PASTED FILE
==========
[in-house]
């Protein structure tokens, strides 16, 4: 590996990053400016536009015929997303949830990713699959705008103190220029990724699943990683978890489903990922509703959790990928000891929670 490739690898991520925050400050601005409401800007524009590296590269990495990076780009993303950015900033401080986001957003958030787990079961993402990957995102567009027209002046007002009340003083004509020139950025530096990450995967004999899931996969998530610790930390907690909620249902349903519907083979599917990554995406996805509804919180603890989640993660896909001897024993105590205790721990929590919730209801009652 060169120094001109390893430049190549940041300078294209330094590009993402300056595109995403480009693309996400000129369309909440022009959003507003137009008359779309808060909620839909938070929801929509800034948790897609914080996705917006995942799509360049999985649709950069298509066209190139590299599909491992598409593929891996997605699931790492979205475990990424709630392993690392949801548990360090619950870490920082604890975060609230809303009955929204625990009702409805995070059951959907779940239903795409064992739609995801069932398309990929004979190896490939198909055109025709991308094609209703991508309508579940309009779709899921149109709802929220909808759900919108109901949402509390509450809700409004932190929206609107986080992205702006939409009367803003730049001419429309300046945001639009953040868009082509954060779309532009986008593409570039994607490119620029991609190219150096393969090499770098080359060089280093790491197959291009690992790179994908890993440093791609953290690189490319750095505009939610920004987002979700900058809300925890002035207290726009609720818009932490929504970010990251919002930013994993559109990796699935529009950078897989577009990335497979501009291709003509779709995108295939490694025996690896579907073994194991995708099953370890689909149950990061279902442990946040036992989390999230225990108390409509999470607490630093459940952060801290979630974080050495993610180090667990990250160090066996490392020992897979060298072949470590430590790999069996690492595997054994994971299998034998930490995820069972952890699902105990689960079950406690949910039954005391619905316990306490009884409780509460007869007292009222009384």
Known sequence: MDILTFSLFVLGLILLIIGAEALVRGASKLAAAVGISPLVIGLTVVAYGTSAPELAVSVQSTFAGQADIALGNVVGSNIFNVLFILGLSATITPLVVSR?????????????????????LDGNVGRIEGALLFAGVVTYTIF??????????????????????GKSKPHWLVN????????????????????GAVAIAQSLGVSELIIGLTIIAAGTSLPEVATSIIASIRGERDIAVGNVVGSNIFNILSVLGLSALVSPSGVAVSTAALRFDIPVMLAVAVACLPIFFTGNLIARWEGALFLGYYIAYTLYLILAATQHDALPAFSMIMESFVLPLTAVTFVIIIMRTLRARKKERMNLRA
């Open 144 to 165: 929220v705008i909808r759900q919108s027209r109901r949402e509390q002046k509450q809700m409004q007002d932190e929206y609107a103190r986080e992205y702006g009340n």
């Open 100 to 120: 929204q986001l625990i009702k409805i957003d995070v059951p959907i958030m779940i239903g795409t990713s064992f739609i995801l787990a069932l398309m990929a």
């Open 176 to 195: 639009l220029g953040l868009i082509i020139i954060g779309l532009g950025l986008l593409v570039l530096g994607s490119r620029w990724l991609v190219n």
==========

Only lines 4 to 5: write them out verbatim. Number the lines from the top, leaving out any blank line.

């Open 144 to 165: 929220v705008i909808r759900q919108s027209r109901r949402e509390q002046k509450q809700m409004q007002d932190e929206y609107a103190r986080e992205y702006g009340n």
């Open 100 to 120: 929204q986001l625990i009702k409805i957003d995070v059951p959907i958030m779940i239903g795409t990713s064992f739609i995801l787990a069932l398309m990929a």